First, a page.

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 Selecting a welder 
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Location: North of Seattle
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I've decided to build a STEN from a kit, and welding is involved. I have a yard sale grade torch set that needs about two hundred bucks to get back up and running properly, a very old Lincoln buzz box, and am considering getting an inexpensive Harbor Freight MIG/Flux core welder. Also about two hundred bucks to get me going there, too.

I haven't welded much since I learned in high school. I was really good with gas and forgot most of the stuff about stick, but the wire feed seems to have the most potential to get up and running quickly, with good weld properties.

I'm in it for about two hundred bucks (pretty much my budget for that part of the project) with torch or wire feed, but a lot of hours would be needed with the stick to bring my skills back to where they need to be.

Is wire feed pretty much the best way to go here? Heat control and blowing holes are my biggest concern on the thin metal, and it seems less likely with wire, but my knowledge is too rusty to provide much confidence.

Any guidance out there?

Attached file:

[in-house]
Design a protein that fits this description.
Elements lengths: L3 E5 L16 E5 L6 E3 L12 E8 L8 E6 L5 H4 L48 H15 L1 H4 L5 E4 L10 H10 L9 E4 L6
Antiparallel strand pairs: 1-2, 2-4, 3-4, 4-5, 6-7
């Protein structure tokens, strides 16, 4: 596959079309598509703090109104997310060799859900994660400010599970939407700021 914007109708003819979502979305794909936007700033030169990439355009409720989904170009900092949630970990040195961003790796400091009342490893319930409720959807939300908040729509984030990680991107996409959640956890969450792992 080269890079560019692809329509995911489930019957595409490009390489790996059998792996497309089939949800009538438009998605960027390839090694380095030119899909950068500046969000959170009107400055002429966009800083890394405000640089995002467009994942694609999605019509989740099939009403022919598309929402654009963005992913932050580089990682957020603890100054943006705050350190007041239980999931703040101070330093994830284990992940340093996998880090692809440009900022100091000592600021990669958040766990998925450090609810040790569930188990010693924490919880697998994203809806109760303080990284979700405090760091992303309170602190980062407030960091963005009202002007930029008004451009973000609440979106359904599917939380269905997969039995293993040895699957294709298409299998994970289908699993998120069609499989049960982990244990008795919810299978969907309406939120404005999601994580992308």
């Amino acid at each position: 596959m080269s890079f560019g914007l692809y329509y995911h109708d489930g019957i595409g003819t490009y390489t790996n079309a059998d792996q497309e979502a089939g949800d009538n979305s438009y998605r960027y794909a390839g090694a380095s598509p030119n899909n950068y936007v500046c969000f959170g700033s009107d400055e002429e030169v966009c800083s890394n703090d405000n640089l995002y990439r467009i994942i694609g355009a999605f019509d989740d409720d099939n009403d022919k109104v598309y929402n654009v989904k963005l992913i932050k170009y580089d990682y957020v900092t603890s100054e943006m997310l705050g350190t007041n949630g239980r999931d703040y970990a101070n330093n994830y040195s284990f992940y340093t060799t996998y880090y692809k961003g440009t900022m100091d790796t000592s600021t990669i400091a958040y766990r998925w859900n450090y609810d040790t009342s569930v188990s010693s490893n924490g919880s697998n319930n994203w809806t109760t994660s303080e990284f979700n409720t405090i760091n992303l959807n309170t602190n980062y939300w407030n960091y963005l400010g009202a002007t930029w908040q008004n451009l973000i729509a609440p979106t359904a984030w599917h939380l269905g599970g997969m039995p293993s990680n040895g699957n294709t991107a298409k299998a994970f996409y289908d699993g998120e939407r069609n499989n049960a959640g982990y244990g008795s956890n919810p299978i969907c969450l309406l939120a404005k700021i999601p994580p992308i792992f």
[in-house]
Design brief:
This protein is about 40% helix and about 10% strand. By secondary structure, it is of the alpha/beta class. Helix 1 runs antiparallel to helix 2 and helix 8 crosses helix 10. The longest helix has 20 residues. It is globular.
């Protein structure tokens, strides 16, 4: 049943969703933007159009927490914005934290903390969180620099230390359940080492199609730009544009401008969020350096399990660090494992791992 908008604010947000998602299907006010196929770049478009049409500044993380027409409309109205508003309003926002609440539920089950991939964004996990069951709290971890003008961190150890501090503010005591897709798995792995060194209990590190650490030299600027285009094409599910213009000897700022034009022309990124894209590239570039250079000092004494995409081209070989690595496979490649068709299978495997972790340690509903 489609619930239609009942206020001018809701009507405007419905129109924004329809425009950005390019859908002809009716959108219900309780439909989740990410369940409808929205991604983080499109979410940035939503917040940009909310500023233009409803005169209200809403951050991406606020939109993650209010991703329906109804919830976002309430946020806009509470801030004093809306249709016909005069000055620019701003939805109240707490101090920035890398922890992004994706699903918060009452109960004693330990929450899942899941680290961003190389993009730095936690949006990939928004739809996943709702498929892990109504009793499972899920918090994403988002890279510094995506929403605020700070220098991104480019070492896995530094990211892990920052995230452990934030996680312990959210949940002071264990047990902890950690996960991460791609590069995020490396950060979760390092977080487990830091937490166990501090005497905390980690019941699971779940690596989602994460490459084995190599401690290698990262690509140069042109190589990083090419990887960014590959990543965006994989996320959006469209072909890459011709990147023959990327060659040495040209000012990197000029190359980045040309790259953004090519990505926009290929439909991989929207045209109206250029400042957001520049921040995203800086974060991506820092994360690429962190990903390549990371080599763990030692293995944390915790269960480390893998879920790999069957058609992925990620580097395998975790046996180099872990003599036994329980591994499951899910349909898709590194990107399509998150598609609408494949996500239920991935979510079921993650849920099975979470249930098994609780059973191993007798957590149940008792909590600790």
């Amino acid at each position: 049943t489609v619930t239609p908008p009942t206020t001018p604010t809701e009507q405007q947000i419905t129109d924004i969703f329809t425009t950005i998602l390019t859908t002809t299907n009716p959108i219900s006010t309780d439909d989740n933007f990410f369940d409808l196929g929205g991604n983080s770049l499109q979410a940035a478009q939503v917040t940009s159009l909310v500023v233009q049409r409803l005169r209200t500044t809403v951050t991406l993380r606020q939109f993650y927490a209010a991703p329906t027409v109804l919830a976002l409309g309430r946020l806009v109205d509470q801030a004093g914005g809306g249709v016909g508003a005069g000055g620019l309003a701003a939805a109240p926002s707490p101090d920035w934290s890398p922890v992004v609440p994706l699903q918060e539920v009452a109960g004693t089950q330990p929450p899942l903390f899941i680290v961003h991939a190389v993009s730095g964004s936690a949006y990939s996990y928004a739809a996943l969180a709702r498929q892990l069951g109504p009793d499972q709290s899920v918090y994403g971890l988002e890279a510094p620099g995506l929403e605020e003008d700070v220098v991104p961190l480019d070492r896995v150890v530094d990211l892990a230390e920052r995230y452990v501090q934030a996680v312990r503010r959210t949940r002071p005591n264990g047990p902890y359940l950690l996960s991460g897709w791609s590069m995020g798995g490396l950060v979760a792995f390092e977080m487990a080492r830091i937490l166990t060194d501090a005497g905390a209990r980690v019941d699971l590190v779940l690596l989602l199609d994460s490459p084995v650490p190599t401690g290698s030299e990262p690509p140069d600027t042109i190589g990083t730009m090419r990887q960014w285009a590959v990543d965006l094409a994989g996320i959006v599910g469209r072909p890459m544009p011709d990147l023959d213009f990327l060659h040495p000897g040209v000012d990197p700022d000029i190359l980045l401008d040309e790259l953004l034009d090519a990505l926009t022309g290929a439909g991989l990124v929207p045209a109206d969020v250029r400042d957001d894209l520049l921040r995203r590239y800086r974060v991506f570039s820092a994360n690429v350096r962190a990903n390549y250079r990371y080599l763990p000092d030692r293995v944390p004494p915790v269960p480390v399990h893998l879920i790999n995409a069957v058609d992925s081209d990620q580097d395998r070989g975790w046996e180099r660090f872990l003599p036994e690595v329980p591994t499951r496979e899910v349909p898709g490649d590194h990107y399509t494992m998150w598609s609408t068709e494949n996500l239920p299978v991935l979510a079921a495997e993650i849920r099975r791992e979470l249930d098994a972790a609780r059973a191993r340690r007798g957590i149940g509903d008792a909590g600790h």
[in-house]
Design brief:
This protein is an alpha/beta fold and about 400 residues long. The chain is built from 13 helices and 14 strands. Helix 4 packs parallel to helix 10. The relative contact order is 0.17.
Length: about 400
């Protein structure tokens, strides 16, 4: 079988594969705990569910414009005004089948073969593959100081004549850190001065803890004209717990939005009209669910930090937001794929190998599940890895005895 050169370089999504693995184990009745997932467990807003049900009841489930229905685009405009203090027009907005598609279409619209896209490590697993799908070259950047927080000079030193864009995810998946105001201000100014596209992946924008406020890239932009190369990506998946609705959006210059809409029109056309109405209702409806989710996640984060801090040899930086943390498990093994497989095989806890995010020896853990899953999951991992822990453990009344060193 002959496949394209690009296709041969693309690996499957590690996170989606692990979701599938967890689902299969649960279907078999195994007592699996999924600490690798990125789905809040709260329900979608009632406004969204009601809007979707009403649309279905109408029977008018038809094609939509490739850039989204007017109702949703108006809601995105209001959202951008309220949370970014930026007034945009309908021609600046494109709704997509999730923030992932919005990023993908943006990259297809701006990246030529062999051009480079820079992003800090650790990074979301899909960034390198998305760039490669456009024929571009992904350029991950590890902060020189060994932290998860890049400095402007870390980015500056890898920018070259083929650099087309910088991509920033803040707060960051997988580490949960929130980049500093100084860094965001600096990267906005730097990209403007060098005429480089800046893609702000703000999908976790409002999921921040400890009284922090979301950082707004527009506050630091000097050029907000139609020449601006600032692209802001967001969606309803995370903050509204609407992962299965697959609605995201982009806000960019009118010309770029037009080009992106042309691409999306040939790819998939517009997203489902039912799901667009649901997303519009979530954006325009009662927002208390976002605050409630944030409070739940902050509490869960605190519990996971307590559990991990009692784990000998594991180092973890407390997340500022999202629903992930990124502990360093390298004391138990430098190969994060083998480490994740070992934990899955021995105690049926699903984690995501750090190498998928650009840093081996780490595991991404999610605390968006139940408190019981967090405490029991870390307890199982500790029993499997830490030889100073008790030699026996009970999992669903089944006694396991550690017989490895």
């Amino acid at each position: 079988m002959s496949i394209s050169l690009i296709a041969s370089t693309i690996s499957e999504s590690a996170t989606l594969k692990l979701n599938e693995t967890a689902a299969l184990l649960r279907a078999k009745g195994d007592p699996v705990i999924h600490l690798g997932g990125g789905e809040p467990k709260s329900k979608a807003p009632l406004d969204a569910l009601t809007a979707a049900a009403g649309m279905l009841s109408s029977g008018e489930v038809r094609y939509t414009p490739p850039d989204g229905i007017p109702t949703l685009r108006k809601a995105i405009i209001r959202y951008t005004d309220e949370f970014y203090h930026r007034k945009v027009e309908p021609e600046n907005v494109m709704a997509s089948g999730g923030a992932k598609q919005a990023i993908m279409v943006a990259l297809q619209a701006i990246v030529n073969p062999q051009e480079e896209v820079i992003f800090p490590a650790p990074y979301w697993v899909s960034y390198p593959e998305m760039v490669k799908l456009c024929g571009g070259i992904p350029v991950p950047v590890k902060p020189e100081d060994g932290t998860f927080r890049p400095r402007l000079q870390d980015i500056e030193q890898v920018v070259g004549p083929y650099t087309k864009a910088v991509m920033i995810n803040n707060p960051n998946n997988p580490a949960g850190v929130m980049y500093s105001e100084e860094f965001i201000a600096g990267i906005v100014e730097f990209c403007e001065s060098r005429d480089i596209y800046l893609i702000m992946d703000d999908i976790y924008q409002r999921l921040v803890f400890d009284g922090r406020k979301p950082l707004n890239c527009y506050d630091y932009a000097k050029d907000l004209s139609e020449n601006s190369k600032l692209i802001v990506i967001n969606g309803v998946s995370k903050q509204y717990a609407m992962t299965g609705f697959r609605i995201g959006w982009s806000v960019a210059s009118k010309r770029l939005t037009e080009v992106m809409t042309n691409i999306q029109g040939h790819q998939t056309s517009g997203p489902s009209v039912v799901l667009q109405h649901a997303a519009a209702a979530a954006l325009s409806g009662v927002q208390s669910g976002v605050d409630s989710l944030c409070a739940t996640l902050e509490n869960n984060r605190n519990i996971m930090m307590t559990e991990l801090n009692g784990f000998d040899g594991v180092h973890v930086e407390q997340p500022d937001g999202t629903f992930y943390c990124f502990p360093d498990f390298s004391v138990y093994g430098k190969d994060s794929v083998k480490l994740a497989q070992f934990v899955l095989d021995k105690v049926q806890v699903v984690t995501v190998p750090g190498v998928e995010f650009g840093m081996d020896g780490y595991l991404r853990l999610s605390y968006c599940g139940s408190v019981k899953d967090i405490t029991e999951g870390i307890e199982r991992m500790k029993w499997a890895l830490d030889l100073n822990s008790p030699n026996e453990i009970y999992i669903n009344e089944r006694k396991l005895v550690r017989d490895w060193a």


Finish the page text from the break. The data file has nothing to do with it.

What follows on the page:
Wed Aug 24, 2016 4:40 am
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I would avoid the harbor freight setup like the plague. What ever you choose, make sure it uses gas, not flux core if you want nice welds. You can pick up a small miller, lincoln, hobart on Craigslist for 2 to 300 bucks. What exactly do you need to get your torch setup going? It can produce some nice welds with practice, and maybe a good option for a sten gun. ,Plus the ability to cut, solder, braze and heat things up. A new torch setup is not to much more than 200. I picked up a whole Large setup a few years back on Craigslist for 200, bottles and all.

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"I know not with what weapons World War III will be fought, but World War IV will be fought with sticks and stones". Albert Einstein 1947


Wed Aug 24, 2016 4:49 am